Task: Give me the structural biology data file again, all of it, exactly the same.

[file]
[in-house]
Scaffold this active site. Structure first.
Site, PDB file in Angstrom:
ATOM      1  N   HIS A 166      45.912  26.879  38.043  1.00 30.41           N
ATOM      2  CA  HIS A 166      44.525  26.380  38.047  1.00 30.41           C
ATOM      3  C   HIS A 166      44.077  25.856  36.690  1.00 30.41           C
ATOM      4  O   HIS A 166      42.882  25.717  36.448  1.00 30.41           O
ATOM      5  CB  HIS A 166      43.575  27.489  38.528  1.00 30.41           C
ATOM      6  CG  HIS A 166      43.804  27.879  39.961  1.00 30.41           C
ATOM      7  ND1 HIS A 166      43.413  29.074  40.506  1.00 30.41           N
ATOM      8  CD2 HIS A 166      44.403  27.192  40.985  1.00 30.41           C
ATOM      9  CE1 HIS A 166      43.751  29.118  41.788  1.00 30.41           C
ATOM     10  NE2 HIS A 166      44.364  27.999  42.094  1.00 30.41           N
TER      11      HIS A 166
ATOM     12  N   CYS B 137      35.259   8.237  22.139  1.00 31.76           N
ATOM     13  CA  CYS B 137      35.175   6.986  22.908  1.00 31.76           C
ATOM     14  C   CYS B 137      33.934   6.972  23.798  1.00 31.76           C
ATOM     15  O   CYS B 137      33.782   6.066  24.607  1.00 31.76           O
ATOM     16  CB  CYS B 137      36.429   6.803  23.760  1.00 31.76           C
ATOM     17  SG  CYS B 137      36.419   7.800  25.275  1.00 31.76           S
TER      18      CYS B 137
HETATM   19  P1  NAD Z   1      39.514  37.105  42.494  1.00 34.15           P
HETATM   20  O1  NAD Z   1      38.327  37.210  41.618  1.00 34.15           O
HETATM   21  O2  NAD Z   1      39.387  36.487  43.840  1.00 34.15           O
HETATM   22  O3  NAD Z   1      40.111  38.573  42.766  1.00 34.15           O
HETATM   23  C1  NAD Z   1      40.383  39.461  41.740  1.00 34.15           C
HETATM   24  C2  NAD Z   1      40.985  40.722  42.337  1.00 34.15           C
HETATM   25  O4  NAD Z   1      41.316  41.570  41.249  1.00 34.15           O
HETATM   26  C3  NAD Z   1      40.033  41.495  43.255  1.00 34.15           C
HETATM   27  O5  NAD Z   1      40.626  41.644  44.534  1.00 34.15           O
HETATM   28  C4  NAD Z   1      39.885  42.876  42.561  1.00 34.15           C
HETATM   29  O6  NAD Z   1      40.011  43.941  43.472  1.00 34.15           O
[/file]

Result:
[in-house]
Scaffold this active site. Structure first.
Site, PDB file in Angstrom:
ATOM      1  N   HIS A 166      45.912  26.879  38.043  1.00 30.41           N
ATOM      2  CA  HIS A 166      44.525  26.380  38.047  1.00 30.41           C
ATOM      3  C   HIS A 166      44.077  25.856  36.690  1.00 30.41           C
ATOM      4  O   HIS A 166      42.882  25.717  36.448  1.00 30.41           O
ATOM      5  CB  HIS A 166      43.575  27.489  38.528  1.00 30.41           C
ATOM      6  CG  HIS A 166      43.804  27.879  39.961  1.00 30.41           C
ATOM      7  ND1 HIS A 166      43.413  29.074  40.506  1.00 30.41           N
ATOM      8  CD2 HIS A 166      44.403  27.192  40.985  1.00 30.41           C
ATOM      9  CE1 HIS A 166      43.751  29.118  41.788  1.00 30.41           C
ATOM     10  NE2 HIS A 166      44.364  27.999  42.094  1.00 30.41           N
TER      11      HIS A 166
ATOM     12  N   CYS B 137      35.259   8.237  22.139  1.00 31.76           N
ATOM     13  CA  CYS B 137      35.175   6.986  22.908  1.00 31.76           C
ATOM     14  C   CYS B 137      33.934   6.972  23.798  1.00 31.76           C
ATOM     15  O   CYS B 137      33.782   6.066  24.607  1.00 31.76           O
ATOM     16  CB  CYS B 137      36.429   6.803  23.760  1.00 31.76           C
ATOM     17  SG  CYS B 137      36.419   7.800  25.275  1.00 31.76           S
TER      18      CYS B 137
HETATM   19  P1  NAD Z   1      39.514  37.105  42.494  1.00 34.15           P
HETATM   20  O1  NAD Z   1      38.327  37.210  41.618  1.00 34.15           O
HETATM   21  O2  NAD Z   1      39.387  36.487  43.840  1.00 34.15           O
HETATM   22  O3  NAD Z   1      40.111  38.573  42.766  1.00 34.15           O
HETATM   23  C1  NAD Z   1      40.383  39.461  41.740  1.00 34.15           C
HETATM   24  C2  NAD Z   1      40.985  40.722  42.337  1.00 34.15           C
HETATM   25  O4  NAD Z   1      41.316  41.570  41.249  1.00 34.15           O
HETATM   26  C3  NAD Z   1      40.033  41.495  43.255  1.00 34.15           C
HETATM   27  O5  NAD Z   1      40.626  41.644  44.534  1.00 34.15           O
HETATM   28  C4  NAD Z   1      39.885  42.876  42.561  1.00 34.15           C
HETATM   29  O6  NAD Z   1      40.011  43.941  43.472  1.00 34.15           O